Marks: Faction. The Warriors have a problem with their offense and defense. Yes, they need to get stops, but Golden State’s offense has disappeared at the end of games. In the fourth quarter of the two losses to the Clippers, the Warriors shot 33.3 percent from the field and 18.2 percent from 3, averaging 5 turnovers and getting outscored by an average of eight points.
Spears: If you give up 71 points in a half, you definitely have a problem. I know Lou Williams is amazing and the Clippers have some offense of talent, but the Warriors are making the Clippers’ offense look like the Warriors’ offense.
Windhorst: Fiction. It depends on your definition of “problem.” They ranked 10th in defense this season, the lowest in the Steve Kerr era. They have been about 6 points per 100 possessions worse in this series than during the season. But I think playing Andrew Bogut instead of DeMarcus Cousins will help them on defense over the long haul. Issues covering pick-and-roll have been worrisome, but I trust them long term.
3. Which Warriors player are you watching most closely going forward?
Spears: Draymond Green. If the Warriors are going to close out the series on Friday night, the defense will be key. And Draymond is the motivating leader to make sure that happens.
Marks: Andre Iguodala. We have seen a disappearing act from the former Finals MVP in the two losses, most notably in the fourth quarter of Game 5. In nine minutes played, Iguodala went 0-of-4 from the field with a team-worst plus-minus of minus-5, showing that those offensive woes have also transferred to the defensive side.
Windhorst: Durant’s game, like the man himself, is moody. He might get ejected. He might score 50. He might shoot 10 times. He might shoot 30 times. When he’s on, he’s brilliant. When he’s off, the Warriors are vulnerable. Add Patrick Beverley and you have a heck of a draw.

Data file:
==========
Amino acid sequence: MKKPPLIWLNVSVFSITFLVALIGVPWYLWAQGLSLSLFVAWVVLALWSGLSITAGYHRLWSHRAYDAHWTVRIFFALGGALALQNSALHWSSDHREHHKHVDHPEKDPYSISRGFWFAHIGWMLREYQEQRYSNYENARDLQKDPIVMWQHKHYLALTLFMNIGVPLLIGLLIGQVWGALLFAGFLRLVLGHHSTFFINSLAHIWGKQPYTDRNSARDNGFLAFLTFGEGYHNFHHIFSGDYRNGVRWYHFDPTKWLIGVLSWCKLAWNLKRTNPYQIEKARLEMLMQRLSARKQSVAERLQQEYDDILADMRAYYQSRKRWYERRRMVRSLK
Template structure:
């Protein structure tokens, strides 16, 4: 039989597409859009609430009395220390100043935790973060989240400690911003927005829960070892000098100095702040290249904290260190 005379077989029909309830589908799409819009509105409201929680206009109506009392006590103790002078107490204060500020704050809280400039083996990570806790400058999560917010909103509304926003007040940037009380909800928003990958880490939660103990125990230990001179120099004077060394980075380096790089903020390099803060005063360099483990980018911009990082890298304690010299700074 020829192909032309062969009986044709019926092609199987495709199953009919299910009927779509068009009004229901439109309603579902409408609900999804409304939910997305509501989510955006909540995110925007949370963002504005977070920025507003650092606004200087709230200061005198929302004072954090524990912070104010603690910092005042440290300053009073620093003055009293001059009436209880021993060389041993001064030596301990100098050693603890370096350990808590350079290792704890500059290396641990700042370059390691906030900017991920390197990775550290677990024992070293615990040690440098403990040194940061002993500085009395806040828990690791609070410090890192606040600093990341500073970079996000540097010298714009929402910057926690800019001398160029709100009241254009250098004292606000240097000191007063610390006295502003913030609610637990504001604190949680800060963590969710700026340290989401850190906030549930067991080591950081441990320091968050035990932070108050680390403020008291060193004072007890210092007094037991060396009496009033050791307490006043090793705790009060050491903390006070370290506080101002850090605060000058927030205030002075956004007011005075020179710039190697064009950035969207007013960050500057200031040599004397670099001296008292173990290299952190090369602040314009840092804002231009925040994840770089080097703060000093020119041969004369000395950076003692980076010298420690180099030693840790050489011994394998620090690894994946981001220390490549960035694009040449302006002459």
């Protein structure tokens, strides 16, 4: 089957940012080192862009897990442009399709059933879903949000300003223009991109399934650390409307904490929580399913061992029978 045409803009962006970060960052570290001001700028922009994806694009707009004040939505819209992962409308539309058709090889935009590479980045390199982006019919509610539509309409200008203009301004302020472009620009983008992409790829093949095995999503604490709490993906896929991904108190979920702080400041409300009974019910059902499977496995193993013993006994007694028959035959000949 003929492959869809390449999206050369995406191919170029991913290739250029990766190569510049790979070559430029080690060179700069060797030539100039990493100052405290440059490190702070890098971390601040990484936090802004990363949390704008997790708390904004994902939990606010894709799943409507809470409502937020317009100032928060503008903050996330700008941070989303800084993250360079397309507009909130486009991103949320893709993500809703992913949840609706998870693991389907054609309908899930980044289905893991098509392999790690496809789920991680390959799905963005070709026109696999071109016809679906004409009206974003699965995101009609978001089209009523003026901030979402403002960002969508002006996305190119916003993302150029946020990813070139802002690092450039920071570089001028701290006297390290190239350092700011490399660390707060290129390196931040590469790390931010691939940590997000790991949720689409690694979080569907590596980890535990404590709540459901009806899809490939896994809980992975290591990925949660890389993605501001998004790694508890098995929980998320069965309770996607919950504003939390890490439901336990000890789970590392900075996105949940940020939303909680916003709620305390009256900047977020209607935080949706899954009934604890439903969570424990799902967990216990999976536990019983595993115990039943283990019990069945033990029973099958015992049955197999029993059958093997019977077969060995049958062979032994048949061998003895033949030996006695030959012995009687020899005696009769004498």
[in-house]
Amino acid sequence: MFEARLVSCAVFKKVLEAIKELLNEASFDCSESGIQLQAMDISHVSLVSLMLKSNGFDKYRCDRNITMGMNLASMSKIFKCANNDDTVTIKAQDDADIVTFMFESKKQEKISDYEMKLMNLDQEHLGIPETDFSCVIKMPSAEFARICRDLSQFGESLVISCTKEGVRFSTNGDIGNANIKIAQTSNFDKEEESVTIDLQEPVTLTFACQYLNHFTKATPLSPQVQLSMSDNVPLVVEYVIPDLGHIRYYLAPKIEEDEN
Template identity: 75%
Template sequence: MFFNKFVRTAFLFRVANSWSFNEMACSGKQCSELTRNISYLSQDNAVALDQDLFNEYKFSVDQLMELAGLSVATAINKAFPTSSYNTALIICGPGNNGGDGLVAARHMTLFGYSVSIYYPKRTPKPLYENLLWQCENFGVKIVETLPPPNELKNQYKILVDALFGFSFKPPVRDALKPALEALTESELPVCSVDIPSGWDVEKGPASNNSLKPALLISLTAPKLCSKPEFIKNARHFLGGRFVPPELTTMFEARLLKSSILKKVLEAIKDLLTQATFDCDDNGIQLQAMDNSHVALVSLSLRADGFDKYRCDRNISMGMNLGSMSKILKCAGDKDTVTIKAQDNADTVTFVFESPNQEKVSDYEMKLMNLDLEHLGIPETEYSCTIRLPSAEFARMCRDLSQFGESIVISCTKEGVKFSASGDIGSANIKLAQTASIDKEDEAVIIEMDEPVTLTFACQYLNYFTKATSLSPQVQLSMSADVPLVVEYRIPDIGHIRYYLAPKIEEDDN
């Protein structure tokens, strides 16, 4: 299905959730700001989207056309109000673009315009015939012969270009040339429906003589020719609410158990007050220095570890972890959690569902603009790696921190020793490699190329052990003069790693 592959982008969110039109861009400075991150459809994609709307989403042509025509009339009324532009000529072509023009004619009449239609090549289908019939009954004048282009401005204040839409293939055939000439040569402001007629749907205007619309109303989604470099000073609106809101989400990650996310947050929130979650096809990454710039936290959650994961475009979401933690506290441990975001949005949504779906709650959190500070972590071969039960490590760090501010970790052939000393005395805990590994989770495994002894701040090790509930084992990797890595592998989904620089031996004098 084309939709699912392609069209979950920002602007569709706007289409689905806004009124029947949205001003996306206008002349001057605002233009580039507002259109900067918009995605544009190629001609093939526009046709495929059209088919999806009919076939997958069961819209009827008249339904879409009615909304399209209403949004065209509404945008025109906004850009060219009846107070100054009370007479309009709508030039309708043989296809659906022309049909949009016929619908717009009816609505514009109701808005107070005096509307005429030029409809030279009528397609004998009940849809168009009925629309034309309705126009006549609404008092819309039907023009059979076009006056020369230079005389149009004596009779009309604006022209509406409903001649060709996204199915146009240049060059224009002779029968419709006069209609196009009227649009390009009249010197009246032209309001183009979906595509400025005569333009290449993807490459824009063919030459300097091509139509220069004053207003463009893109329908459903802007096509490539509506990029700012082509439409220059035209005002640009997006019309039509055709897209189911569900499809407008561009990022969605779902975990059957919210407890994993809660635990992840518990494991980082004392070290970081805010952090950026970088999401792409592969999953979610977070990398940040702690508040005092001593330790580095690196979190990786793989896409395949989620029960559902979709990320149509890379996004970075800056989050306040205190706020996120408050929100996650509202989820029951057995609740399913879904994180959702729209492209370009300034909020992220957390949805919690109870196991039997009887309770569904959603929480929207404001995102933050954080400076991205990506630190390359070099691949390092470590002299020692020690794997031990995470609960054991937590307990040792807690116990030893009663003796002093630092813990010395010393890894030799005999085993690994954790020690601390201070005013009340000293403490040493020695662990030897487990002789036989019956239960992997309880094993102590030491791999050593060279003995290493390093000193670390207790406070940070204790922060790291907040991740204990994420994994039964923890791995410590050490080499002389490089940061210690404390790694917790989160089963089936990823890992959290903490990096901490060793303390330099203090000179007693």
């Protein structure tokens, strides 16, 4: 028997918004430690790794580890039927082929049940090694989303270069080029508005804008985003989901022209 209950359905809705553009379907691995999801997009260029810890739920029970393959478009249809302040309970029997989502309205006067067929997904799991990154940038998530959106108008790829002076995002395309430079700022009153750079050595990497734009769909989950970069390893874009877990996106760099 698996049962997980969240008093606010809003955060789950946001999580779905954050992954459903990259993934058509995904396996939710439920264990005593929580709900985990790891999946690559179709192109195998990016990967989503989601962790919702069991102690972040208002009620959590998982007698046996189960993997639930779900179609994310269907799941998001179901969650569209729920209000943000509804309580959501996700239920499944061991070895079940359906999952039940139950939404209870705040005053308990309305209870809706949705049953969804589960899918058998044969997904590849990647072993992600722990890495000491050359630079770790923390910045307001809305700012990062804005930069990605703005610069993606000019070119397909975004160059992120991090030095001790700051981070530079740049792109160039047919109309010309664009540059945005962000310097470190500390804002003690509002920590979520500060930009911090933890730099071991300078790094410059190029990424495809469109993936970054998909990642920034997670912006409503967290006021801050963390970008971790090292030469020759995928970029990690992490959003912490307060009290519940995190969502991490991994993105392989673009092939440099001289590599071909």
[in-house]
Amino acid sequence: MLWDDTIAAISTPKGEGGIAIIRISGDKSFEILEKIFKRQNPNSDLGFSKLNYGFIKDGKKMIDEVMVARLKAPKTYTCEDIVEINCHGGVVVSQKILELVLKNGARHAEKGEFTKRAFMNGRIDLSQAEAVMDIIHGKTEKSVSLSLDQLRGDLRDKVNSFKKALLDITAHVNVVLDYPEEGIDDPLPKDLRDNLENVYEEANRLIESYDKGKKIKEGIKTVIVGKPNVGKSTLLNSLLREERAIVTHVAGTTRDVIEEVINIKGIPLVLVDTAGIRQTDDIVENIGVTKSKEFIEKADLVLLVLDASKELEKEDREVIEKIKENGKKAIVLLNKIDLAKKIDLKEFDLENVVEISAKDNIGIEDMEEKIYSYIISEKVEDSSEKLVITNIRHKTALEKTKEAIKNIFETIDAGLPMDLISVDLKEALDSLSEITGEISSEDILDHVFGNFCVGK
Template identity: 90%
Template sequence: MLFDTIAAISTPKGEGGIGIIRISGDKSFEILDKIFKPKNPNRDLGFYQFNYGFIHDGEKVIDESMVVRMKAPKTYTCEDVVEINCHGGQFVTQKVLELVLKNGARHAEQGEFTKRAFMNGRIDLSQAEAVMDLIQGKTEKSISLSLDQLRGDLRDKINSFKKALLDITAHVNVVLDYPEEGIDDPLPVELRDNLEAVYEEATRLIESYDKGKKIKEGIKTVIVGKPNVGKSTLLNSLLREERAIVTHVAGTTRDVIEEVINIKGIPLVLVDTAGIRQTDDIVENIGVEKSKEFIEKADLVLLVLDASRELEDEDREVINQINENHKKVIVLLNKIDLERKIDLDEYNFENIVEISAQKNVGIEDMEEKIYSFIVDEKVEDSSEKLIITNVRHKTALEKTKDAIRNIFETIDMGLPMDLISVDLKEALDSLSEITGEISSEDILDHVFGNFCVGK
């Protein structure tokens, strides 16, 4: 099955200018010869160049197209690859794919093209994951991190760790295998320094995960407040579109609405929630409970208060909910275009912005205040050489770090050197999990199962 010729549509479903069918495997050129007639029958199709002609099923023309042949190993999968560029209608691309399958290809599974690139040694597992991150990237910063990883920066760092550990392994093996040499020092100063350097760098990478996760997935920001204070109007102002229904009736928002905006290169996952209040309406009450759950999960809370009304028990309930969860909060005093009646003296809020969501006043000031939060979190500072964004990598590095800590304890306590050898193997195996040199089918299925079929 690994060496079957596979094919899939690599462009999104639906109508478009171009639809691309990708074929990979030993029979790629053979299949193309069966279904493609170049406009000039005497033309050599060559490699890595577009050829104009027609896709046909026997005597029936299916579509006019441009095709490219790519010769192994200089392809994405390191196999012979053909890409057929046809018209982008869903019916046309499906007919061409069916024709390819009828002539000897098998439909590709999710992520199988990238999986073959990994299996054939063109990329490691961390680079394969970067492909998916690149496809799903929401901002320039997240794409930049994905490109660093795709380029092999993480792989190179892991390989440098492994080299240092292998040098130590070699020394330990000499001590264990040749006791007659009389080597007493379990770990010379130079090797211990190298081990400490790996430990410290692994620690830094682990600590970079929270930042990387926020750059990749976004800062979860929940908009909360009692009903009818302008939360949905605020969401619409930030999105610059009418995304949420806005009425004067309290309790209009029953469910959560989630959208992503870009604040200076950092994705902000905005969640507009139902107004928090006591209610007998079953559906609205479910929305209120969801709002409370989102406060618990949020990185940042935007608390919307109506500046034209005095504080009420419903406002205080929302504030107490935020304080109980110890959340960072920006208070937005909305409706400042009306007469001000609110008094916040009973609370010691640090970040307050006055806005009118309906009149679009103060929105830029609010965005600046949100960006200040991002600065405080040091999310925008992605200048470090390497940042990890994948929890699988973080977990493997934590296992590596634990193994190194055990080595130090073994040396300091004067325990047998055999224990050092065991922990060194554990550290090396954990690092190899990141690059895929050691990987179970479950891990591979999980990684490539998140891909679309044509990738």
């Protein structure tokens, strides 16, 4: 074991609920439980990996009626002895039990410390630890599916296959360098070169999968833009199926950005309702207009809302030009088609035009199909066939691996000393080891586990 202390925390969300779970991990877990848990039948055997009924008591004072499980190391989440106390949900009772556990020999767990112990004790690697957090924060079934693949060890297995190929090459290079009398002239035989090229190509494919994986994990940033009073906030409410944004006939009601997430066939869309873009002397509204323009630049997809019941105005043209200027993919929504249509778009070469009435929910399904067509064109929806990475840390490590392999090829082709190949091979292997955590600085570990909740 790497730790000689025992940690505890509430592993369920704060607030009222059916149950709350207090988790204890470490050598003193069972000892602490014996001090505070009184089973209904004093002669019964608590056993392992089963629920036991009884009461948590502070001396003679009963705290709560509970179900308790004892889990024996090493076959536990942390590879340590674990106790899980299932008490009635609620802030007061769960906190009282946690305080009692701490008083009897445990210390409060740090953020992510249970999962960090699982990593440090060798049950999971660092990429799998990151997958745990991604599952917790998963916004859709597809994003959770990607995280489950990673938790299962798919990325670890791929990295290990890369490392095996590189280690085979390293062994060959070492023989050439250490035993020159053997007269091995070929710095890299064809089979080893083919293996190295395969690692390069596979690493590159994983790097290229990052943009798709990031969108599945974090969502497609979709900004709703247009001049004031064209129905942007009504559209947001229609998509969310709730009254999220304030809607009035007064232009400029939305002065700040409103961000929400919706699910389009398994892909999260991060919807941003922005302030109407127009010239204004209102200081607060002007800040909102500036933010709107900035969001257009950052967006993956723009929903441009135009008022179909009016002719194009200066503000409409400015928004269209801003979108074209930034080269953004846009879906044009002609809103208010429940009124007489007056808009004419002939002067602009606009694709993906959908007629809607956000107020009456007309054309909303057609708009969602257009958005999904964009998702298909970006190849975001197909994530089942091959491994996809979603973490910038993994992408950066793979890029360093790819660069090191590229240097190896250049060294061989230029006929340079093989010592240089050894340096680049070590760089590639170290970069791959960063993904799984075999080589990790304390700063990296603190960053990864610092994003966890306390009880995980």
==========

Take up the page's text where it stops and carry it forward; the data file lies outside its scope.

Friedell: Klay Thompson. He seemed most frustrated of the group after the Game 5 loss, especially after publicly acknowledging after Game 4 that the Warriors were keeping up with what the Rockets were doing. The Warriors didn’t seem like they overlooked the Clippers, but Thompson’s comments didn’t help the optics of another bad loss at home. He loves playing in Los Angeles and he will rise to the occasion if he gets faced up defensively a little more against Lou Williams.
Pelton: Andrew Bogut, who has a minus-23 plus-minus over the last two games — since the Clippers went to a smaller starting lineup with JaMychal Green at center. If Golden State continues struggling with Bogut defending stretch 5s, that really limits Steve Kerr’s options for filling center minutes with DeMarcus Cousins sidelined.
4. Fact or fiction: The Rockets are a better matchup for the Warriors now than they were last year.
Marks: Fact. We talked repeatedly about how the Rockets were going to take a step back this season with the losses of Trevor Ariza and Luc Mbah a Moute. But GM Daryl Morey kept maneuvering by signing Austin Rivers and Kenneth Faried for nothing to strengthen the bench. Combine those two players with Danuel House Jr., Gerald Green and Nene — the Rockets bench could be the X factor in the series.